In the first eight months of the year, reports of robberies increased dramatically in the Mission District. In light of the upswing, we walked around the neighborhood with a camera, talking to people about what — if any — safety precautions they take to avoid becoming victims.

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Andy Mannix is a national-award-winning investigative reporter. He studied journalism at the University of Minnesota-Twin Cities, where he worked as in-depth projects desk editor for the Minnesota Daily, named the best college newspaper in the country by the Society of Professional Journalists during his senior year. After graduating in December 2009, Andy spent three and a half years as a staff writer for Minneapolis alt-weekly City Pages, writing long-form, in-depth stories on state politics, city government and the criminal justice system. He's now a freelance writer pursuing a master's degree at UC-Berkeley's graduate school of journalism.

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  1. To those commenters that like to complain about Campos, I encourage you to announce your candidacy for supervisor. Pamela probably finds it more lucrative to gentrify the housing stock in the neighborhood than serve the public. I don’t know how to analyze mortimer’s commentary other than some people are happier trolling than taking constructive actions.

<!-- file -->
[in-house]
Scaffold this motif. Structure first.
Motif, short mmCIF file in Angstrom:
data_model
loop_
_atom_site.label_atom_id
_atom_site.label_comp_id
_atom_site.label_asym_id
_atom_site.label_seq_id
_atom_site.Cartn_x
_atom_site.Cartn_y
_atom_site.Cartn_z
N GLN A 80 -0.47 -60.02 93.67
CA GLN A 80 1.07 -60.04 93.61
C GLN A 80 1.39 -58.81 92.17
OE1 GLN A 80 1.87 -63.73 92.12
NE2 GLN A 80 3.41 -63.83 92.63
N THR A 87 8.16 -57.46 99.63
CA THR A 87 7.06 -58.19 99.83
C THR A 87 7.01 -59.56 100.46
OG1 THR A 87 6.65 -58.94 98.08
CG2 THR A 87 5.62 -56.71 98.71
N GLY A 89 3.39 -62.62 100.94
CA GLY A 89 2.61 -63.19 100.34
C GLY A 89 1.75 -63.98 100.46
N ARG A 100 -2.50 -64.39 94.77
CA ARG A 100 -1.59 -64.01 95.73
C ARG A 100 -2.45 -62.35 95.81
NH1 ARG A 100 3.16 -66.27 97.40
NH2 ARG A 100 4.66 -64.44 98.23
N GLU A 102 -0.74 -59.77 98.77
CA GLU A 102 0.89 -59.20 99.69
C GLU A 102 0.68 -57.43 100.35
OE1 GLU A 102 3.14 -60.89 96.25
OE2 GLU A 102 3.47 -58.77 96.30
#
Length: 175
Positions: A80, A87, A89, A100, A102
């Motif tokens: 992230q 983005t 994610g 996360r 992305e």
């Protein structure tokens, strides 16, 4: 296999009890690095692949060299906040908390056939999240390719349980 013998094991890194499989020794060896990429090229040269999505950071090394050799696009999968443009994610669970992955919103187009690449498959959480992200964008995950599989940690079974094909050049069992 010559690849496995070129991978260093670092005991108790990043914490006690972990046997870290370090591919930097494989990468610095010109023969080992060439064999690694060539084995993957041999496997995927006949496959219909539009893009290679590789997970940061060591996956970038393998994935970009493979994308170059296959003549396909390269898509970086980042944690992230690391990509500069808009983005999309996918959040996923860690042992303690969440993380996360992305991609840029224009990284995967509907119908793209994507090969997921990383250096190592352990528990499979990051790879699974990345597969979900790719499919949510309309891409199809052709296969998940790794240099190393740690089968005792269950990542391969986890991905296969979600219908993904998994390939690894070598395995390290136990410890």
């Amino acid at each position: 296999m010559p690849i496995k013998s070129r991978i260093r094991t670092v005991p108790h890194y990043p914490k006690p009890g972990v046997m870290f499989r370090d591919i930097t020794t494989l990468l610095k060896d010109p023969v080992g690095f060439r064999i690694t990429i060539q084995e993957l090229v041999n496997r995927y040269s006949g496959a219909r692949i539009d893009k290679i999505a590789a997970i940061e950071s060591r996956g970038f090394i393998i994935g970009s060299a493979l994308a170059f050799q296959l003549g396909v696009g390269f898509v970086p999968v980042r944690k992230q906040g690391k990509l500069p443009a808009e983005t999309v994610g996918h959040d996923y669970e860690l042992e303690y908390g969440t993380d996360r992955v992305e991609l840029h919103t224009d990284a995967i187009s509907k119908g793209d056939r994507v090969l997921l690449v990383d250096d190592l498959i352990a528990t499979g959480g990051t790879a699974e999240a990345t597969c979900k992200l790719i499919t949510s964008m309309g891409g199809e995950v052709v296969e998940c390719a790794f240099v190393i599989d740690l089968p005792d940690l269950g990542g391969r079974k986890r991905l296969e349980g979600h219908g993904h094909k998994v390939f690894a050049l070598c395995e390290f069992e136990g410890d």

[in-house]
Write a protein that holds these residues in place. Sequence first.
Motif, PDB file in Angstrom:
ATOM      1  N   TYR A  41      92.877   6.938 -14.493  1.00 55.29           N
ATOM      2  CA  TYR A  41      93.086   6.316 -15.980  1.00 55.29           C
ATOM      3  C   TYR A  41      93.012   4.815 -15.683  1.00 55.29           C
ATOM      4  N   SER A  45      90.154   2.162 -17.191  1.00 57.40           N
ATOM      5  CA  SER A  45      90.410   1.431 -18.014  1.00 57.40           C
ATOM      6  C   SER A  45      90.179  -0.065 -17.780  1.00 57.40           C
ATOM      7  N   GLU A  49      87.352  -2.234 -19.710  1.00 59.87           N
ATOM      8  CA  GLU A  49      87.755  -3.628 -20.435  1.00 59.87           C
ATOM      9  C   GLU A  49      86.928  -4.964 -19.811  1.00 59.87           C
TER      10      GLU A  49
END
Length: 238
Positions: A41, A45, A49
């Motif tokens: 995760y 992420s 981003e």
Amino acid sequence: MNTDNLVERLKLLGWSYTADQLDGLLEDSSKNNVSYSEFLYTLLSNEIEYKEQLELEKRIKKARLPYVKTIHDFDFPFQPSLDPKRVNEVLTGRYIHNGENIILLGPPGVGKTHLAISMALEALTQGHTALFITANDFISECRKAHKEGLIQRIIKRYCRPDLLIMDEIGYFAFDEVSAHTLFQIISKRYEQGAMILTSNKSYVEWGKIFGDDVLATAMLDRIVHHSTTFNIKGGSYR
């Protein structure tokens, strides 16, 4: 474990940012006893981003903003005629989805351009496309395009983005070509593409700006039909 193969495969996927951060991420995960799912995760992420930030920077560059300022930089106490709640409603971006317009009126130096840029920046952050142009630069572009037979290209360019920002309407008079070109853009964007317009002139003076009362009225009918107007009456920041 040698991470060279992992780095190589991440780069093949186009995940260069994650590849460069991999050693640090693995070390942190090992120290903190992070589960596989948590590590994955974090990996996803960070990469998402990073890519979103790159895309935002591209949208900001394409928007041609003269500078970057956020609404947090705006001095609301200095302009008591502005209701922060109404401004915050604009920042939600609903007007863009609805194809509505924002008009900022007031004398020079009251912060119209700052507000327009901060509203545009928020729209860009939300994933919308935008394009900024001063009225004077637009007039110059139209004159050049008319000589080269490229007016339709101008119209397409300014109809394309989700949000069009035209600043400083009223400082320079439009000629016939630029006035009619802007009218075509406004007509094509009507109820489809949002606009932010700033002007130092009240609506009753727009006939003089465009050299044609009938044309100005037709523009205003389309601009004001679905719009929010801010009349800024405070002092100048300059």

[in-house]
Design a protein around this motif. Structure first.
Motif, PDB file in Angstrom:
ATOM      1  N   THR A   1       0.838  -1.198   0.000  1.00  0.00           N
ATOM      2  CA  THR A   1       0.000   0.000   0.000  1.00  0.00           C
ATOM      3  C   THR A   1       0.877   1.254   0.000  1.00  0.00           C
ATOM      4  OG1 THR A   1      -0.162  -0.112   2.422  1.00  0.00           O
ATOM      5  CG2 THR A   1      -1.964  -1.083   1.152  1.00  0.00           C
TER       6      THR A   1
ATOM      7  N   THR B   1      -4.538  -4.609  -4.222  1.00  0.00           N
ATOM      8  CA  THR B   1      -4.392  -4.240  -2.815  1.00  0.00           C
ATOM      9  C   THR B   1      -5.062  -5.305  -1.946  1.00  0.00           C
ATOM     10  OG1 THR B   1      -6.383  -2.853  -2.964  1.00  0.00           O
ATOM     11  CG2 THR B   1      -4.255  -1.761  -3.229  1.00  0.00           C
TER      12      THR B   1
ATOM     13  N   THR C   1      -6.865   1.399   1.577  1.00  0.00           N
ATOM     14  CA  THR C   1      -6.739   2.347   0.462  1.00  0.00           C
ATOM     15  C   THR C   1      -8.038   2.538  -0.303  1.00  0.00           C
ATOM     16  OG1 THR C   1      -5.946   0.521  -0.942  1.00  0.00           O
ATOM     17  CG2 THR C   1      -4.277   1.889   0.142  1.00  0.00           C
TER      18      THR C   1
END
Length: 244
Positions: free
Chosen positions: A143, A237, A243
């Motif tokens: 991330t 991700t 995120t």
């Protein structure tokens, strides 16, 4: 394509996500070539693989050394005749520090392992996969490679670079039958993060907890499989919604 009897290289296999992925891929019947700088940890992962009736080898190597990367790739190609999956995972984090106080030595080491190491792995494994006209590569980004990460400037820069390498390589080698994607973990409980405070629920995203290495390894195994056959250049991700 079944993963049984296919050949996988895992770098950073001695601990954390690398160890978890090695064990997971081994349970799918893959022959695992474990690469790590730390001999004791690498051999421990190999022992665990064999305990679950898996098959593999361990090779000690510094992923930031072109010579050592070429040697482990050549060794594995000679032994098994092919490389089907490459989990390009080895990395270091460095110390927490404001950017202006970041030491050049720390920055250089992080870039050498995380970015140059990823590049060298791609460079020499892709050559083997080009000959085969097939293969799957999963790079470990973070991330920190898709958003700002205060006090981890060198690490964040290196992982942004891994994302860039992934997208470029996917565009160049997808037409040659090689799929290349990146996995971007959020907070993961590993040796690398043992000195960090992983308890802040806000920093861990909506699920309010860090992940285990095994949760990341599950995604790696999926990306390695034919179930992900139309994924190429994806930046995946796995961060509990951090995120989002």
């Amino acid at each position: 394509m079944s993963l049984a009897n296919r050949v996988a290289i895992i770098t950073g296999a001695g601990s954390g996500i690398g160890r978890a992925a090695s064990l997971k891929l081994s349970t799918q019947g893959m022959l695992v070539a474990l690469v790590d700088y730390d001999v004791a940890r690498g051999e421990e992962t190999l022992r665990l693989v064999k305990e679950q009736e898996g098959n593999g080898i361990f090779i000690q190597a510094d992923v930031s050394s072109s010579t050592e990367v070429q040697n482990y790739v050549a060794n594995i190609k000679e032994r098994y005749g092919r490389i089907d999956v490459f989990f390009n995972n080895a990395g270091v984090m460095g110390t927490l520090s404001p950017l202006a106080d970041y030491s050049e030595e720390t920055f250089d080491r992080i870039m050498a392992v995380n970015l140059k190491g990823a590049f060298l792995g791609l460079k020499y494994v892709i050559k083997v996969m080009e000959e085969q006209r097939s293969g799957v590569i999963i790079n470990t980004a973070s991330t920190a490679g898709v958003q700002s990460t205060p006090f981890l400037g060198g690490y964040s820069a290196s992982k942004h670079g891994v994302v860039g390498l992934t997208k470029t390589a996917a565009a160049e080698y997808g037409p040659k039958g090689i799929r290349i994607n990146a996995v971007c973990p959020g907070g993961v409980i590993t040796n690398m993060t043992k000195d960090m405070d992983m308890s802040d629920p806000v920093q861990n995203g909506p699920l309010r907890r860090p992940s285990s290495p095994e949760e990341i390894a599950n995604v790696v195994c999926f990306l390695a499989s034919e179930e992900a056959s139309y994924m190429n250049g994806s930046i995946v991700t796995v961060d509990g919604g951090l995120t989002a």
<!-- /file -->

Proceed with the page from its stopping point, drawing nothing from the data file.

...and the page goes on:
1. I didn’t claim he was good, but I don’t rail against him continually like some unconstructive commenters.

  2. To stay safe in the Mission, keep electing David Campos and other completely ineffectual supervisors who deny the neighborhood has problems, always blame victims of crime as asking for it, and urinate wherever you want in the streets, but especially around the BART stations.

  3. Don’t dress like you want to be victimized.

    I have noticed some smaller guys wearing T-shirts that if a person read them, they certainly will not mess with them. That said, wear a T that says, “I love SF” and you might just end up hating your stay.

    I was on 16th and saw a woman who wore a shirt that said “Don’t ask me for S…!”

    I understand this is not always possible but it is all about lessening your chances of being a victim.

    Another suggestion: Don’t be afraid to walk the streets of the Mission often.

  4. I learned some good tips from a petite blonde who lives in Oakland and is never hassled: Always walk with purpose, with your head up and paying attention to your surroundings. (Of course this means not using a cell phone!) Walk at a slightly brisk pace if you feel unsafe. And turn your head to look behind/around you fairly often so potential muggers will avoid you – they take advantage the element of surprise, and also may not want you to see what they look like.